The mood at the Paradise Rock Club, or any other venue like it for that matter, isn’t usually very electrifying. Very few people will dance and what little dancing that does occur will likely be of the vertical variety, only occasionally accompanied by nodding heads and pumping fists.
Such was not the case when Caravan Palace visited the Paradise at the beginning of this month.
Few if any bands today have the energy and chemistry displayed by France’s reigning electro-swing darlings. Carrying on the tradition of earlier counterparts like Parov Stelar, Caravan Palace’s versatile multi-instrumentalists represent the forefront in a genre that aims to marry the musicianship and complexity of jazz and swing with the thumping, bass-heavy beats of electronic music.
Although they’re still not any huge force with American audiences, Caravan Palace’s eponymous first album placed 11th on the French charts, and their 2012 release, Panic, placed 20th, perhaps because of their distinctly Francophone roots. The band’s style is predominantly a mix of mellow gypsy jazz and French house music — much more refined and careful than big band swing or American electronica.
Caravan Palace’s lack of popularity outside of Europe has meant that the band tours constantly to make ends meet. And while it’s usually sad to see a group burn the candle at both ends this way, anybody who’s ever been to a CP show would have no reason to complain about the frequent tours.
To begin with, the flawless composition of the band’s studio recordings isn’t just good producing — They’re actually that tight. Often, violinist/vocalist Hugues Payen and clarinetist Camille Chapelière’s parts were so harmonically resonant that it was difficult to distinguish the two instruments. Those who have played jazz or swing would instantly recognize the sidelong glances that occurred between members across the stage, each motion and nod the movement of a cog in a well oiled and precisely rehearsed machine.
This isn’t a hunch. Anyone can look up the band’s performance of “Rock It For Me” on YouTube and see that frontwoman Zoé Colotis and trombonist/synthmaster Antoine Toustou dance the same routine at every venue. They plan every jungle beat breakdown. They know what songs the audience is chomping at the bit to hear and they save them for their two (planned) encores. Caravan Palace puts on a show in a very precise and deliberate sense of the word.
One of the highlights of the show came during “Suzy,” when the scat solos shared by Colotis and Payen slowly turned into a scat battle. At first determined by displays of vocal strength, the verbal wars soon became displays of brutal childish tomfoolery as Payen stole Colotis’s microphone and tried to clip the audio in her earpiece. She returned the favor and the two continued back and forth until neither could take it.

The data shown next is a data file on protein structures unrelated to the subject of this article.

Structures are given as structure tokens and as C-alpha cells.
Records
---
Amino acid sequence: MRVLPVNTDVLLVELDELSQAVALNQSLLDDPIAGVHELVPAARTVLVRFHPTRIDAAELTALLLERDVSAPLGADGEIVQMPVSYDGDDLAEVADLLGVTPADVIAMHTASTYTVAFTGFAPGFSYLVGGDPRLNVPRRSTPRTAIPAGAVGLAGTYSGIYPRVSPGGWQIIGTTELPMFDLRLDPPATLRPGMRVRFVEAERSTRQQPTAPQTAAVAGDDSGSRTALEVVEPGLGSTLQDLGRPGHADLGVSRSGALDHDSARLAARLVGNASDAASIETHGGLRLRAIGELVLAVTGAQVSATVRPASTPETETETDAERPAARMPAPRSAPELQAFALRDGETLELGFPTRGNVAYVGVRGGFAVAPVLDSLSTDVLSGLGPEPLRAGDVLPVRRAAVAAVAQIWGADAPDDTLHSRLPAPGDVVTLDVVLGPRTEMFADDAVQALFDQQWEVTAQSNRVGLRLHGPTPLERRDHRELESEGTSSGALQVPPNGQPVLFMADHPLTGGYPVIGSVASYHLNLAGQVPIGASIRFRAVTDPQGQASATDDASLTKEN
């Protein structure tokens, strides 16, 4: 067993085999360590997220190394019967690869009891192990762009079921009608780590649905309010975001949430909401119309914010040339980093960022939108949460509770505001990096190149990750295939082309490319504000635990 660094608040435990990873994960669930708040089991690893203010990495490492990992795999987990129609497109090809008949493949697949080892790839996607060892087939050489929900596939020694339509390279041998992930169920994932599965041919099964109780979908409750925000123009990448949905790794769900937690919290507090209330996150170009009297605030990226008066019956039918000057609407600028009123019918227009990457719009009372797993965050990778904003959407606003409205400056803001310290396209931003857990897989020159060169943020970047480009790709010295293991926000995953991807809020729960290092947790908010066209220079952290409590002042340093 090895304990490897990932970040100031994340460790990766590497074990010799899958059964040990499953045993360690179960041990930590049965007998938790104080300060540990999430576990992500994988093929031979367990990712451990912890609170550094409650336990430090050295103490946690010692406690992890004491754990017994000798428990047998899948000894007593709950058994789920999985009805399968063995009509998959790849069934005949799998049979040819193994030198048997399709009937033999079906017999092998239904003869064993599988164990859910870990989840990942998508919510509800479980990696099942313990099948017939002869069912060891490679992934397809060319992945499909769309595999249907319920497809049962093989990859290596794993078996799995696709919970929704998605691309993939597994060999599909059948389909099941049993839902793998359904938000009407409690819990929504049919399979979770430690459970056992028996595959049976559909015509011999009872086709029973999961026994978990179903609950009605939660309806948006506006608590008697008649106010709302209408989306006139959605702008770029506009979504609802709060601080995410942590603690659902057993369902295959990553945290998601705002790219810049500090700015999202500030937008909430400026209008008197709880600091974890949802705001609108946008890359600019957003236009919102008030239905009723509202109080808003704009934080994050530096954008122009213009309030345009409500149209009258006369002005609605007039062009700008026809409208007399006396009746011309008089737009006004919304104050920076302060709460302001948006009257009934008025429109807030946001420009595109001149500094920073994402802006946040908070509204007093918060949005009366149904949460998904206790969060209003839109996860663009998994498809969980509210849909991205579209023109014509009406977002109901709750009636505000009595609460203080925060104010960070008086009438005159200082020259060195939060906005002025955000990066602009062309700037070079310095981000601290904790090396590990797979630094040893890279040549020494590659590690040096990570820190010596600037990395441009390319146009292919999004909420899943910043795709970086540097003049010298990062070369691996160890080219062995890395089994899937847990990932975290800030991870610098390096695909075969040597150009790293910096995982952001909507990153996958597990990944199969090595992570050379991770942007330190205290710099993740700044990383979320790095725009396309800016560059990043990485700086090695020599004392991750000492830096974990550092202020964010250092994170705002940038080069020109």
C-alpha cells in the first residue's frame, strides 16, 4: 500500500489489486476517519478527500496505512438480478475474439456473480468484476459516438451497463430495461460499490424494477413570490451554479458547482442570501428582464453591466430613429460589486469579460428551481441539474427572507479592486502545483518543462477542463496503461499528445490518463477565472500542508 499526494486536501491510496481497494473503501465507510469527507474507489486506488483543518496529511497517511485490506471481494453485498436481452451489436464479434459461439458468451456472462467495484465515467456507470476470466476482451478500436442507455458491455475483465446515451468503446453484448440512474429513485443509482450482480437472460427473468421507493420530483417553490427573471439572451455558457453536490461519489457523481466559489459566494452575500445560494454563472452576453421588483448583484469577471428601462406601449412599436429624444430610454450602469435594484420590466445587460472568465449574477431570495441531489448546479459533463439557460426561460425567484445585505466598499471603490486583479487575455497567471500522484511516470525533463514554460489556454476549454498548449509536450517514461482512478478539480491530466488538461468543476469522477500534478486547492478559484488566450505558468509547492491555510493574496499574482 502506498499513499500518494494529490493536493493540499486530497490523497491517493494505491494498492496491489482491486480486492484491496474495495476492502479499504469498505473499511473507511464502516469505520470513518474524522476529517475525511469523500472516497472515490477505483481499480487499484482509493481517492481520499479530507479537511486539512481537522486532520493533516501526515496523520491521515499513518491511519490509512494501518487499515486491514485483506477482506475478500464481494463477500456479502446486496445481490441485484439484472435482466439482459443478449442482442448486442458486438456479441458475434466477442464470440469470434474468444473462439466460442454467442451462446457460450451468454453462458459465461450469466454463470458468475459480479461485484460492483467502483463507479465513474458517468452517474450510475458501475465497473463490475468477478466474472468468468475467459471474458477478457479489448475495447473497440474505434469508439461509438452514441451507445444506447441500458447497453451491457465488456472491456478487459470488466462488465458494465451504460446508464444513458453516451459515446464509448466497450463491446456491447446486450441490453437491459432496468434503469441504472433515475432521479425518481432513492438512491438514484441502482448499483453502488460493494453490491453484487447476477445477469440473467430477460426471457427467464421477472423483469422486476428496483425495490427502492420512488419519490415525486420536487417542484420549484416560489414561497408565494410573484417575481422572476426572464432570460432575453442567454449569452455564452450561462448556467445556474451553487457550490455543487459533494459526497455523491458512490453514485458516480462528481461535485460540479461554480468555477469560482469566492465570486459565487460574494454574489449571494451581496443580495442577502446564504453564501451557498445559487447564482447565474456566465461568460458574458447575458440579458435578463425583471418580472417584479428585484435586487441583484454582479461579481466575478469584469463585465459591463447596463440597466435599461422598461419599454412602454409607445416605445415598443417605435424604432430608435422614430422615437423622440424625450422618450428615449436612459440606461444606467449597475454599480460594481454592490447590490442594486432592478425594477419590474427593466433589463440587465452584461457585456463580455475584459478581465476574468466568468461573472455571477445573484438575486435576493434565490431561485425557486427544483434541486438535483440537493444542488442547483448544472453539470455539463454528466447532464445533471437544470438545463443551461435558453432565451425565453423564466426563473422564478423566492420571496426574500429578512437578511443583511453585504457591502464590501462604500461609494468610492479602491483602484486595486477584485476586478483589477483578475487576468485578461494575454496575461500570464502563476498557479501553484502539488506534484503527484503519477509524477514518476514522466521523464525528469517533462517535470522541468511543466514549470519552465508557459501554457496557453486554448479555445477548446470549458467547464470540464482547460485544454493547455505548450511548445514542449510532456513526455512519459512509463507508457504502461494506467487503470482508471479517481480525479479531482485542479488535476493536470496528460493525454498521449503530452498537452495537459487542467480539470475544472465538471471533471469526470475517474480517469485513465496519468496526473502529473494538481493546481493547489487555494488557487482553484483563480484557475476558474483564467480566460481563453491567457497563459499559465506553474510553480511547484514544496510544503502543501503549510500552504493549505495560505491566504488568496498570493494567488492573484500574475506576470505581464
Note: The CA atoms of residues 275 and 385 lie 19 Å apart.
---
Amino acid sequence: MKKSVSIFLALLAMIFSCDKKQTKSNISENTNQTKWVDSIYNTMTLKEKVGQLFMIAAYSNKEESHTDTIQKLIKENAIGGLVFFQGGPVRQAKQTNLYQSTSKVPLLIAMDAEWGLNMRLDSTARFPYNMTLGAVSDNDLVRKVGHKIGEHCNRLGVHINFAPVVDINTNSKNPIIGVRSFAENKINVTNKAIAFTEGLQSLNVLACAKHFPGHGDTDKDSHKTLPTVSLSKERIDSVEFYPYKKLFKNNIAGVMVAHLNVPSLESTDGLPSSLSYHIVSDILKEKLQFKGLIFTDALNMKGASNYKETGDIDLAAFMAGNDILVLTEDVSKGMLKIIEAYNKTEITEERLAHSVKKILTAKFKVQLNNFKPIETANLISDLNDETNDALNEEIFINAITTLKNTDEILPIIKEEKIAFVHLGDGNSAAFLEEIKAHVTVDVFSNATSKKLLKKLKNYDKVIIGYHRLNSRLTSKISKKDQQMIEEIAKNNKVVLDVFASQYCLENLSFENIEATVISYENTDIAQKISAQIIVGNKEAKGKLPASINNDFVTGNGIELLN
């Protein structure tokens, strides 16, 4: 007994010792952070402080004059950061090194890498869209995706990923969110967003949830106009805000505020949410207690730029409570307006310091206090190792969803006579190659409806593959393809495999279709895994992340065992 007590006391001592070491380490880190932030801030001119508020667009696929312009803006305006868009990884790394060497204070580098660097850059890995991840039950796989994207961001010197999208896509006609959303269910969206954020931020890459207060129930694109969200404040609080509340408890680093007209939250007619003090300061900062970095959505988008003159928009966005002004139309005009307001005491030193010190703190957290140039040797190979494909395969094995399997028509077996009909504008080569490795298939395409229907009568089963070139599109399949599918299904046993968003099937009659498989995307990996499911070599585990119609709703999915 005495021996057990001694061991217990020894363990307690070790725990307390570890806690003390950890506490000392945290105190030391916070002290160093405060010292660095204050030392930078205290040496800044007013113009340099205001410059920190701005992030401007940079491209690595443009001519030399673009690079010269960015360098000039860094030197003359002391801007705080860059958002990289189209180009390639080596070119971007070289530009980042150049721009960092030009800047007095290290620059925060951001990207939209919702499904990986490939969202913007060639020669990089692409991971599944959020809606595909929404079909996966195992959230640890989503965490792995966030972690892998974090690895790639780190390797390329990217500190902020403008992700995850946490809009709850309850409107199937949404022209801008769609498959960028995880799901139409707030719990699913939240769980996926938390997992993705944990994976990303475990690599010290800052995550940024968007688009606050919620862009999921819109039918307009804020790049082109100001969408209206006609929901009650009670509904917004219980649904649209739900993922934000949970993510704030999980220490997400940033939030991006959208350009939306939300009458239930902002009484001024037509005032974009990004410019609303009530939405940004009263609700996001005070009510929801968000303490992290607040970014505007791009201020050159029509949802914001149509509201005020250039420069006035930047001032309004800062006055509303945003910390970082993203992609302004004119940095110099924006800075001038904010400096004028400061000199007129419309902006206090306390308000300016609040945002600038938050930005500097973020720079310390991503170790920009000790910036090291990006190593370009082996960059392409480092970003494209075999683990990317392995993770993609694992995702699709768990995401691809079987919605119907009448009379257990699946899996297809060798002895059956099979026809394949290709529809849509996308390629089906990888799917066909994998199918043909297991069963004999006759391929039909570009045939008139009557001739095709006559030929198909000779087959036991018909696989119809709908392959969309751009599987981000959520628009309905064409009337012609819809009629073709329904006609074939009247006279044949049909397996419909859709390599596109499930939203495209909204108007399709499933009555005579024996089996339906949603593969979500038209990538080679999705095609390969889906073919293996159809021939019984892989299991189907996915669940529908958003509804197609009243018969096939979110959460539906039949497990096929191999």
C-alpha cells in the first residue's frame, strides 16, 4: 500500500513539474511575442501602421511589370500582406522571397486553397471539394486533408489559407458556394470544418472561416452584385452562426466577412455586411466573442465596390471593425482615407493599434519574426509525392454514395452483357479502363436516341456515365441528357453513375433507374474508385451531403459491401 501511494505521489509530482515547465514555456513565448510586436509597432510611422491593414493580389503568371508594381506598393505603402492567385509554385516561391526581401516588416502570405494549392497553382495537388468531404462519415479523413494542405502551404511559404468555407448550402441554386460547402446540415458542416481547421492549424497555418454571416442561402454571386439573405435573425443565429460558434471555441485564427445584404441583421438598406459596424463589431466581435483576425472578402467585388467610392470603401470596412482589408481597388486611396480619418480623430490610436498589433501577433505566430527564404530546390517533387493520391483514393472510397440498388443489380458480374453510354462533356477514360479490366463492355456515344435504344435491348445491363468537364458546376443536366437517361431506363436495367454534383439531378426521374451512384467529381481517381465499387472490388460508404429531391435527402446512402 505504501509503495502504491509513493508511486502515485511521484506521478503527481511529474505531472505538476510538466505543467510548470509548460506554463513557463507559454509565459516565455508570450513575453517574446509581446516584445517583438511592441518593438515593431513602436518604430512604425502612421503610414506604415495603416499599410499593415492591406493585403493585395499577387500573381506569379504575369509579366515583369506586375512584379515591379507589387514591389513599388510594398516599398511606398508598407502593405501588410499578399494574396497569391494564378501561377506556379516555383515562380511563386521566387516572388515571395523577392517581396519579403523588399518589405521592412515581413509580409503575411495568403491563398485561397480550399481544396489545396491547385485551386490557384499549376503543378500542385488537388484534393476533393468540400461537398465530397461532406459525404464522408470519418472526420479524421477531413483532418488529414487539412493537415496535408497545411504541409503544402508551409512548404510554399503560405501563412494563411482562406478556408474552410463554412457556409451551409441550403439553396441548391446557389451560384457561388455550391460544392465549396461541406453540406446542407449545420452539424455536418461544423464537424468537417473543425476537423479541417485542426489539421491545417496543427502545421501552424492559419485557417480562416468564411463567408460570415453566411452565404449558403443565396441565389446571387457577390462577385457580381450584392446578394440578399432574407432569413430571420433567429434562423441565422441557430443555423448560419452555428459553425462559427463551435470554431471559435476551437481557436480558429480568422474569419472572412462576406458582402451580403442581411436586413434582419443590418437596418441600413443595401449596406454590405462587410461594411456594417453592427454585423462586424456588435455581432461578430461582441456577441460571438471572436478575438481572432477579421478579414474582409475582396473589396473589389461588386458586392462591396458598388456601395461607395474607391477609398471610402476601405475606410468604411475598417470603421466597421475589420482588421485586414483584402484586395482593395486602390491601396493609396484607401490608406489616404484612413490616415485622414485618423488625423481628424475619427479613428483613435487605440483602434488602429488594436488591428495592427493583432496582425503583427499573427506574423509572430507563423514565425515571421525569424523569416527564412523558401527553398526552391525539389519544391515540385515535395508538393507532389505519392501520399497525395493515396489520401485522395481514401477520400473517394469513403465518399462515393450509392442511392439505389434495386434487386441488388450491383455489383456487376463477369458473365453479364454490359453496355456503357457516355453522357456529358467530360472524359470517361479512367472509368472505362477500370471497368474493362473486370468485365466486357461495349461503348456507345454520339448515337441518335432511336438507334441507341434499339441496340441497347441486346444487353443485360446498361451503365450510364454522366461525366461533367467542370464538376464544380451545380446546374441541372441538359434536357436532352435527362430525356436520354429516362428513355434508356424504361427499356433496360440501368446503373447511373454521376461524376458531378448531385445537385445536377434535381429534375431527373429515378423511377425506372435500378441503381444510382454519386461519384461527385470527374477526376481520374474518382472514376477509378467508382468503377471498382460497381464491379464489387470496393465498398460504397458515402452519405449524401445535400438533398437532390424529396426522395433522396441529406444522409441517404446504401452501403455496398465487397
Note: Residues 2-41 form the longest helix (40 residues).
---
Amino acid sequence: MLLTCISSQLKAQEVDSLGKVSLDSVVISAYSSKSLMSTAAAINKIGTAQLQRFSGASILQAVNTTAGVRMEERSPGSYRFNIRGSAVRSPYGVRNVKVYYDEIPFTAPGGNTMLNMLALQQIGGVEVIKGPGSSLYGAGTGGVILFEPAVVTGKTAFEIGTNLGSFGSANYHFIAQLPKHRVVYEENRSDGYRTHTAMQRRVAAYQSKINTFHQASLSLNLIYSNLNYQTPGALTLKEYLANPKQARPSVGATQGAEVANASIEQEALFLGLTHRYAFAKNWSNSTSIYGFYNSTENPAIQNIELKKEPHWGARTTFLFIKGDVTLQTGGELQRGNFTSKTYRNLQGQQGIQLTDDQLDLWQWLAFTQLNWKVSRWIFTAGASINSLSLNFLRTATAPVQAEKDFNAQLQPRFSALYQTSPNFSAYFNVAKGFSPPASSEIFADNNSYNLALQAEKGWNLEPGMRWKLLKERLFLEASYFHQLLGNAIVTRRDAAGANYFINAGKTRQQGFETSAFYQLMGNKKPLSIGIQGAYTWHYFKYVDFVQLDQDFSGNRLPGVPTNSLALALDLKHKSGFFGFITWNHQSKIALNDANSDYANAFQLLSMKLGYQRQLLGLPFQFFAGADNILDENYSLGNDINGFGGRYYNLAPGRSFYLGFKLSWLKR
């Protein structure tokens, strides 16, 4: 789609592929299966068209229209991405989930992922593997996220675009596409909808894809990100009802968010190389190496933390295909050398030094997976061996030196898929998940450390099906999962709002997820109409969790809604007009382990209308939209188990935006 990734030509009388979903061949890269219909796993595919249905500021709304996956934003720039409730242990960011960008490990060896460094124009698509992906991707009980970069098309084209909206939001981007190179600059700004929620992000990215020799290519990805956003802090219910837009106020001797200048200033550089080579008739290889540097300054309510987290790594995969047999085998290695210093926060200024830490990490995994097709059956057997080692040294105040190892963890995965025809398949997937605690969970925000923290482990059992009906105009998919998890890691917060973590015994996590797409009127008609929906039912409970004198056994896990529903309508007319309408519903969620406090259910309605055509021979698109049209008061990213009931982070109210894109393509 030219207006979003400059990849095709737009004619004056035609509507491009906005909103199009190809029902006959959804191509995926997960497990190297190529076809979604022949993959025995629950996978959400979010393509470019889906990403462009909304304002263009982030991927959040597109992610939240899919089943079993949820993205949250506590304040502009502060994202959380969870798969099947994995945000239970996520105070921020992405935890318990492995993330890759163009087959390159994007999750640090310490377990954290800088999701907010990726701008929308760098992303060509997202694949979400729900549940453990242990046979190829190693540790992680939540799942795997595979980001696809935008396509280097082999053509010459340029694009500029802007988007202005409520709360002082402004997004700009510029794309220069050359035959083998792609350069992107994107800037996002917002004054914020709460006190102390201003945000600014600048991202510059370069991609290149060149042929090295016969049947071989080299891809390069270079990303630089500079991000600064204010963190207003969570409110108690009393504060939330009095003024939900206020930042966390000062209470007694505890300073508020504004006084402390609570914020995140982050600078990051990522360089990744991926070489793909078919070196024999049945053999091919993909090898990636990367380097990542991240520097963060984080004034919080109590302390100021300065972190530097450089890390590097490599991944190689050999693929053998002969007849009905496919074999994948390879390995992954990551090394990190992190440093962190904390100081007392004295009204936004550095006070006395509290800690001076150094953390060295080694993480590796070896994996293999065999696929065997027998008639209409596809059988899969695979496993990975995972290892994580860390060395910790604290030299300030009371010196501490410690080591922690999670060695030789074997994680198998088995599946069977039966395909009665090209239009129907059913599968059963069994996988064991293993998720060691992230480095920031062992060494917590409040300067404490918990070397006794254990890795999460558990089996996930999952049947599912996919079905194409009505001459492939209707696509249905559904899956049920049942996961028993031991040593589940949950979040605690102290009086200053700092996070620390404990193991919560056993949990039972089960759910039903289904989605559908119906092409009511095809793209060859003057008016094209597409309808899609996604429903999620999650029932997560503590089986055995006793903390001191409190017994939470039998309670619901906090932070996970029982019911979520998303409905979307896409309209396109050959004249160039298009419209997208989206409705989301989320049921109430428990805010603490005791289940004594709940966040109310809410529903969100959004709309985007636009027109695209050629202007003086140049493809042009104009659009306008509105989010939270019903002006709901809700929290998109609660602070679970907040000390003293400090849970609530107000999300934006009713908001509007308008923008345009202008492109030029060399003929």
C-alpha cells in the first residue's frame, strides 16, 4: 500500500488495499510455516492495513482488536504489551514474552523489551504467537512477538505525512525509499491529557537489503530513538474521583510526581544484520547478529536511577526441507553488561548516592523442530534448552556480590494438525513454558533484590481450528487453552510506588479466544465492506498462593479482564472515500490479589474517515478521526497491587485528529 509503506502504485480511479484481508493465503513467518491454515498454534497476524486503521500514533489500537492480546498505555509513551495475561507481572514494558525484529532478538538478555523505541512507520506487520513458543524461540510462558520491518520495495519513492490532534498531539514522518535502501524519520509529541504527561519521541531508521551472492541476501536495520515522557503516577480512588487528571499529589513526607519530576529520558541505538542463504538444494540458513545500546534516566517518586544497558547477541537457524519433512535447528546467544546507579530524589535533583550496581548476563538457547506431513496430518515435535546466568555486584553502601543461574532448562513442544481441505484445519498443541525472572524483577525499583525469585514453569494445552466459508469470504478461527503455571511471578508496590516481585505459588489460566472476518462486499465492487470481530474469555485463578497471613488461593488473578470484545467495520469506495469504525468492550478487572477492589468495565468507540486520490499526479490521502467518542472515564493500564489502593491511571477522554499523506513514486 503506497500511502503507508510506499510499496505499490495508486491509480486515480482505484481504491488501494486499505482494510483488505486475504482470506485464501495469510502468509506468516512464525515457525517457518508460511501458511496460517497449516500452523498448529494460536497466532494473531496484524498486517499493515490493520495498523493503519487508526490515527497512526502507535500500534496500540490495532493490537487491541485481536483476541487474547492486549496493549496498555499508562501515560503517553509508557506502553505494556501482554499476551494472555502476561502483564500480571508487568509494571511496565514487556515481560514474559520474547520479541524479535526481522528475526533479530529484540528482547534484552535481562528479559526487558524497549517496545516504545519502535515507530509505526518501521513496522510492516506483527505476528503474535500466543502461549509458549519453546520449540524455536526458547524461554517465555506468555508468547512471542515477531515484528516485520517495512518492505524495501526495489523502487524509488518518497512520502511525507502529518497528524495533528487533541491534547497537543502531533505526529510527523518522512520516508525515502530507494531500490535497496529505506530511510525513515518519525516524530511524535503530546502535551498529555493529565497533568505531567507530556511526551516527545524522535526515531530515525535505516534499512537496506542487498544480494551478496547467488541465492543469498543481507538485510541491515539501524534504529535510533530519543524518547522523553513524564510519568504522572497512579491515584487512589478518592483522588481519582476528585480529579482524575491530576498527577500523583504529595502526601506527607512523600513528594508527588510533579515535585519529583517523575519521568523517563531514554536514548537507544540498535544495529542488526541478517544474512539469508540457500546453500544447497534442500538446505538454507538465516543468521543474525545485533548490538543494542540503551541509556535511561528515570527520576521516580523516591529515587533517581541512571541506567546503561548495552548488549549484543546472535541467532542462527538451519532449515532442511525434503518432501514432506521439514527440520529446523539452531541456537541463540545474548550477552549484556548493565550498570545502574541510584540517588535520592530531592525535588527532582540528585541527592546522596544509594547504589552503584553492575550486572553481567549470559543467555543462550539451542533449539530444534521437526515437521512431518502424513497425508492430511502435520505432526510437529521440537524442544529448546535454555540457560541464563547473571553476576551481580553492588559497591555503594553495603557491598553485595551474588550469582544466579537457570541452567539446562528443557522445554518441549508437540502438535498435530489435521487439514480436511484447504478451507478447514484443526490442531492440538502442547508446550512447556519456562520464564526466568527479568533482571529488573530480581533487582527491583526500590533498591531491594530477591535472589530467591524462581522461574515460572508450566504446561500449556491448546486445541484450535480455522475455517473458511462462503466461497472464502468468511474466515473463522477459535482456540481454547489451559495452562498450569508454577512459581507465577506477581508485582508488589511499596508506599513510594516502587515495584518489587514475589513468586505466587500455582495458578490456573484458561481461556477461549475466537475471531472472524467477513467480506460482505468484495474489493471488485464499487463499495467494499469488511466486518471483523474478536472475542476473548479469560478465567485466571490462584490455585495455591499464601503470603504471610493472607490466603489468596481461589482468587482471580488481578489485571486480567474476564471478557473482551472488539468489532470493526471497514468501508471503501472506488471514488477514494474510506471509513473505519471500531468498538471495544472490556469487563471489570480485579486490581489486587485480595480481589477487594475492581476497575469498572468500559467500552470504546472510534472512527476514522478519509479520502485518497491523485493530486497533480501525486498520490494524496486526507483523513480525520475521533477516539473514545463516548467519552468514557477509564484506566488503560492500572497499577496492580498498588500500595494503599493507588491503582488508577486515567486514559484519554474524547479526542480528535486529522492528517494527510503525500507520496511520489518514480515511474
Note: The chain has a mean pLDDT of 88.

Similarly, any song requiring guitarist Arnaud Vial and bassist Charles Delaporte to migrate to keyboards resulted in a showy test of wits and skill. Hell, if an upright bass and a guitar could be on they same playing field, they’d be competing the entire time. With so much talent present in one venue, it was difficult to decide what to look at.
As mentioned, the band clearly knew that they were expected to play “Clash” and “La Caravane,” arguably their two best songs, during the encores. In a beautiful display of anticipation, the synth vocals for the latter began before anyone had even returned to the stage, to the rabid excitement of the audience.
But the astonishing climax of the whole concert was the performance of “Star Scat,” which this critic had previously thought impossible in a live setting. The heavily altered vocals of both the titular scatbot and his backup “ooh-ahs” sound so dense and overproduced on the album, it seemed that no performance could come close. Not so. After “Clash,” Toustou — who hadn’t sung a word until that moment — pulled out an old-timey microphone and out came that haunting techno-scat. Multiple jaws dropped.
Perhaps it’s a bit of a shame that Caravan Palace’s routine is so polished and rehearsed. Do we miss some ad-libbed and unplanned madness? Sure. Yet we also get our full money’s worth in excellent showmanship and music.
Most importantly, Caravan Palace offers a show that can be danced to, a rare thing in this day and age. They’re coming to a town near you this year — and next year, and the next one. Go see them. You owe it to yourself.